Skip to main content

When it comes to website speed, pretty much everyone understands that it plays a role, but they're unable to determine how important it is. Before we start presenting facts and figures, let's honestly consider: if we had to choose between a beautiful site and a really fast (onclick) one, which would we choose? 

Too often the scales are tipped in favour of design on the grounds of "it suits me", "I like it", "it represents me", "it has what I and my customers need" and many more, putting speed in second place. 

Pretty much everyone has abandoned a site that was slow to load, especially nowadays when there are so many options available. Also, it often happens that new sites that have just been created are extremely slow.

The numbers show that we're pretty impatient, with many of us not waiting even 2 seconds to receive content. In fact, the rule of thumb is that the more advanced and familiar the user is, the more demanding and impatient they become. 

But how much is this valued? What does a slow site cost a business?

The answer, although comprehensive, means a lot in terms of both profitability and specifications. So let's look at the main reasons why a fast website is worth investing in.

3 reasons why your website should be fast


1. Every second counts

Our customers judge us strictly and quickly. They only have a few seconds of their time to feel comfortable and understand what it is all about. When the site loads quickly, it's a good first impression on the user experience UX. The user immediately gets into the mood that they can locate a lot of information in a short amount of time, which gives us the leeway to offer time. From a psychological point of view, a fast website is considered safer and more reliable, which contributes significantly to the conversion rate, while on the contrary, when the experience is negative, 79% tends not to return again.

2. High load time destroys the conversion rate, eliminates the opportunity cost, and therefore the revenue.

As shown in above graph, the 40% of users leave after a waiting time of 3 seconds. In simple maths it means that 40% of potential customers are lost, hence revenue, and by a simpler reasoning one would think, how much is ultimately valued in terms of load time optimization of a website?

But let's realise this with an example: 

Every month we invest 10.000€ in advertising to get 50K users. The conversion rate of the site is about 5% and with this budget we invest our turnover is €50K. A typical load time is 4-5 seconds which means that we definitely lose 40% of users. If the site loaded in 2 seconds, which statistically is the expected load time that all users have in mind, the abandonment rate would decrease significantly, which would mean that the turnover could be up to €70K with the same amount of investment. That is up to €240,000 more turnover per year with the same amount of investment.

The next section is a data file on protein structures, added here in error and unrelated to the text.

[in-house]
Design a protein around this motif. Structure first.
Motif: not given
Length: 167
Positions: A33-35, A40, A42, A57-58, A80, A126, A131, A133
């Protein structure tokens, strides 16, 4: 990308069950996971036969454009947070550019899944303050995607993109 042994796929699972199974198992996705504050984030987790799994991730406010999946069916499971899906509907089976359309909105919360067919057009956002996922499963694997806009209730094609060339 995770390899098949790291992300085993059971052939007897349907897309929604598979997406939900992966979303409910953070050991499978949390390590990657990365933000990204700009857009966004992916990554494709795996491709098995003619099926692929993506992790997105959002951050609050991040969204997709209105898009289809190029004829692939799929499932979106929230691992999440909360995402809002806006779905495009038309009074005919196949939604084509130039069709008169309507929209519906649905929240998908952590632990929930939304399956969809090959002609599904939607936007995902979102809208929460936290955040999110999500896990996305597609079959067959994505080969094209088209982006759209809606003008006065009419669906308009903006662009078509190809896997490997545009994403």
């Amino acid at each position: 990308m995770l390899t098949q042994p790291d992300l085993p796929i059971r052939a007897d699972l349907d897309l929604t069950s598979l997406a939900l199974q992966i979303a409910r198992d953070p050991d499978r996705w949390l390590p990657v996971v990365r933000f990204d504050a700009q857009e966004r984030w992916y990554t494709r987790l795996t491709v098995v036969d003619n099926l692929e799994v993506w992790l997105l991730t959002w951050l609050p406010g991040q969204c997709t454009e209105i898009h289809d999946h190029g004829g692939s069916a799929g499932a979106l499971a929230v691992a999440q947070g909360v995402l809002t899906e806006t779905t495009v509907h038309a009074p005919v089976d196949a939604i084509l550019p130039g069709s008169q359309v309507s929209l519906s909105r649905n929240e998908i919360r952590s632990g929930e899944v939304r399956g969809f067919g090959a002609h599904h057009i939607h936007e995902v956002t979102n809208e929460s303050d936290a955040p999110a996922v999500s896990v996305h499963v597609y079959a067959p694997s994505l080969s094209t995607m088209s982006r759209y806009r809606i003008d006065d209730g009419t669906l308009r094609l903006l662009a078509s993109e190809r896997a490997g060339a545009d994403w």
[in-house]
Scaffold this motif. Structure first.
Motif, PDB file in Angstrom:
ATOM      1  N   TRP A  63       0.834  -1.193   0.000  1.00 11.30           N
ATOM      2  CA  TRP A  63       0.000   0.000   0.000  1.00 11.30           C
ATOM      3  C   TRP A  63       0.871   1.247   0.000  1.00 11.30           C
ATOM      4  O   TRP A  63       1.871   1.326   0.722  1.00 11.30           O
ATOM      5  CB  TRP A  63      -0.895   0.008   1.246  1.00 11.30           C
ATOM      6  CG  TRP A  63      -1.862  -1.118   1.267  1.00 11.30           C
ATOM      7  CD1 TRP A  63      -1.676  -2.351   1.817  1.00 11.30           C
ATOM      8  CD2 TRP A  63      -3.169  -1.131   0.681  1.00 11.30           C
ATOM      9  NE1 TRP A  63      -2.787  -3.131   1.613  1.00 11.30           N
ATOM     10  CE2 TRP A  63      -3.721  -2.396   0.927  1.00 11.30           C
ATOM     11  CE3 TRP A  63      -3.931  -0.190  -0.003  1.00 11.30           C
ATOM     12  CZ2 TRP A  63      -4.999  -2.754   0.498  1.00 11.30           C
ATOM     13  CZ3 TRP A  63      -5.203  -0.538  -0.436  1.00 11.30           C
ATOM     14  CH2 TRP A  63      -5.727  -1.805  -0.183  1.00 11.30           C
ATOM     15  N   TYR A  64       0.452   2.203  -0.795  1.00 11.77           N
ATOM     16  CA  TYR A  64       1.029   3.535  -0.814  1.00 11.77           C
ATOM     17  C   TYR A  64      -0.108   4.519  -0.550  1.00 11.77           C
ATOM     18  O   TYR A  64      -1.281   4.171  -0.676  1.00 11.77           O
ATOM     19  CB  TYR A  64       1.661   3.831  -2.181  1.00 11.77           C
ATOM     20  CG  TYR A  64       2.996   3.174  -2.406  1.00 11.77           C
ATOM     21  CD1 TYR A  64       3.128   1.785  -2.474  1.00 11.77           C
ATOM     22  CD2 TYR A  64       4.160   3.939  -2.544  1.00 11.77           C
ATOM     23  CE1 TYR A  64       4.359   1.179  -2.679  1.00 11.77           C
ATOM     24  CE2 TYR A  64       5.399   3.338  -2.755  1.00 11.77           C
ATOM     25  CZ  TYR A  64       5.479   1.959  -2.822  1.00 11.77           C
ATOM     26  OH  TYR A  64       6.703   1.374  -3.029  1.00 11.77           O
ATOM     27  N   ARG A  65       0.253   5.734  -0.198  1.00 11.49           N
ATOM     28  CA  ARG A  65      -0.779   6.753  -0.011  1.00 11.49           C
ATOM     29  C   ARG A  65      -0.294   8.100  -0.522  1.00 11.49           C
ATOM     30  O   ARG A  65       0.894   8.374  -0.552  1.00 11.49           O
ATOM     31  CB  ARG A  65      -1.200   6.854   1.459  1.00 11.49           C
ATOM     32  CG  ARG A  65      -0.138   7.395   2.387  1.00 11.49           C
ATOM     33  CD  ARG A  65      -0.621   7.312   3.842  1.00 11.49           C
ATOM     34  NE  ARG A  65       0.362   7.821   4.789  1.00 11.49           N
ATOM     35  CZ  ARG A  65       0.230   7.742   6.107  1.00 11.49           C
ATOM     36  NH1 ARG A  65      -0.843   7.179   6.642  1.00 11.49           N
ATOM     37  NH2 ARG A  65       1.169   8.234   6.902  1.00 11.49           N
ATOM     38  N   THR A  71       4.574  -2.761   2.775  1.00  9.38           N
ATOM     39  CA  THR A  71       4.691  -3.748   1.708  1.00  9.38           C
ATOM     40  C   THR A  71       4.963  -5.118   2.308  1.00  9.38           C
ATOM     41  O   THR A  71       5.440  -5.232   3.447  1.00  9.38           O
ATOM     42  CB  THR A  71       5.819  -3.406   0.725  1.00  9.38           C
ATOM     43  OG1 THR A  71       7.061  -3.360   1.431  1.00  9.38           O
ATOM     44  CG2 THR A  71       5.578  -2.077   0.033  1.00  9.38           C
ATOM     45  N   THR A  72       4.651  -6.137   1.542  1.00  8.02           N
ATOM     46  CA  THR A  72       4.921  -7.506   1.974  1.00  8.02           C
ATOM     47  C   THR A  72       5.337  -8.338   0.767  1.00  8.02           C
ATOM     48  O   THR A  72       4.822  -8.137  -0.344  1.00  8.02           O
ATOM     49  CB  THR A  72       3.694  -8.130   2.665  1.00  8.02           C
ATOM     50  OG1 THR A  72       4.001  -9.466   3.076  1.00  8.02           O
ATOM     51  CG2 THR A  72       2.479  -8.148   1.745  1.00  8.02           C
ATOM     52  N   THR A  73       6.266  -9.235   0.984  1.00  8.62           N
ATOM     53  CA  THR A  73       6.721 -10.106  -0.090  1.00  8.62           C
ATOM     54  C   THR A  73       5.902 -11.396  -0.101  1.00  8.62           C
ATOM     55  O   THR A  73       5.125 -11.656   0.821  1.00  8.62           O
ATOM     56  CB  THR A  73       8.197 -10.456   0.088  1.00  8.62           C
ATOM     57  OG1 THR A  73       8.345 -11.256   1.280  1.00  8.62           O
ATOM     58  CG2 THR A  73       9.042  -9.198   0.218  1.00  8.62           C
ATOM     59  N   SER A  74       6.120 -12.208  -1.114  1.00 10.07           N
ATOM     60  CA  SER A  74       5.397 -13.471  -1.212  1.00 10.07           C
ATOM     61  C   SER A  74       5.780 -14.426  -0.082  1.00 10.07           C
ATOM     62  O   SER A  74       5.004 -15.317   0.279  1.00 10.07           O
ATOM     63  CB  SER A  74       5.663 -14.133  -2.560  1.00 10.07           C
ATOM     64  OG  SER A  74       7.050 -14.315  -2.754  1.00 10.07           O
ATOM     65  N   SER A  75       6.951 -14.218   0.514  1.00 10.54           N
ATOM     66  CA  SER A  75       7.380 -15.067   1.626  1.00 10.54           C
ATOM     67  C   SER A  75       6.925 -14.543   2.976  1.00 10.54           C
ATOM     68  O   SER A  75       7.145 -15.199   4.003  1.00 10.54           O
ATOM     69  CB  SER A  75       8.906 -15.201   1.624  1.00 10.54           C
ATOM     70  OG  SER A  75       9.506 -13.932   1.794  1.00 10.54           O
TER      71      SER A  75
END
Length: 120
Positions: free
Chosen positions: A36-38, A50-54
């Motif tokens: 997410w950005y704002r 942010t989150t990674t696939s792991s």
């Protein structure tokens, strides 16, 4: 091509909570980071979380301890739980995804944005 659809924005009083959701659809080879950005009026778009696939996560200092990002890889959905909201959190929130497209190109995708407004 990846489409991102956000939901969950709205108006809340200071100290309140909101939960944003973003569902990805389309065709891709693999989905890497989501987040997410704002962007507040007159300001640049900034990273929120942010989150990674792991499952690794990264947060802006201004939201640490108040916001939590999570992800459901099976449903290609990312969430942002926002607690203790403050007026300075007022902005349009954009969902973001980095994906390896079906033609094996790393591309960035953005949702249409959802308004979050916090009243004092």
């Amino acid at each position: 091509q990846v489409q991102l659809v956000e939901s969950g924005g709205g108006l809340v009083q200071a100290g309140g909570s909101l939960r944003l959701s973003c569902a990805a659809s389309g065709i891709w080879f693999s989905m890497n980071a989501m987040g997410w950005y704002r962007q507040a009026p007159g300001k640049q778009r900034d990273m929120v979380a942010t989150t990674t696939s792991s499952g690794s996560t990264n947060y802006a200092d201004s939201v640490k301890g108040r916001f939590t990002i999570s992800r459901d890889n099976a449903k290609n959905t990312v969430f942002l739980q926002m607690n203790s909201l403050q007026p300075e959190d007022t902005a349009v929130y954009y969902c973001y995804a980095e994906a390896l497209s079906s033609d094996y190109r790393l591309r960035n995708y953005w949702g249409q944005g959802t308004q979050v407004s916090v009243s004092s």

So in the example above, how much does a slow site cost the business? Maybe €240,000, maybe more if it's even slower.

According to Google, at 5 seconds the probability of being hit and run increases by 90%.

5", 6" and 7" are still common today.

This is something that the biggest companies in the market are well aware of.

Amazon had already identified in 2012 that for every 1 tenth of a second (100ms) of delay in load time the cost in lost turnover is 1%. This means that every year just one tenth of a second slower site would lose 1 billion dollars, for 1 second $ 10B, for 2 seconds $ 20B per year. Crumbs...

At the same time, Google saw that a delay of just 0.5 seconds on search results pages reduced traffic by 20%.

3. Slow site means low Google ranking 

While Google says that speed plays a minor role as a factor, it also promotes time on site and bounce rate as important factors, metrics that are affected by load time. Practically, there is no slow site in the top search engine results, especially in competitive industries. 

The reason is simple. Google wants to provide the best experience for its users with the results it suggests being as relevant as possible. So it knows very well that for users to be happy and to prefer it in their next searches, they need to get the best experience from its recommendations. Automatically this means that slow sites are doomed. The slower, the more "doomed". 

Knowing, then, the benefits in both prestige and turnover of high rankings, again it is clear why a site should be optimized for speed. 

Loading time is not just a theory, but an important technical factor that optimizing it translates into more prospective customers, more conversions, and therefore more revenue.


Source :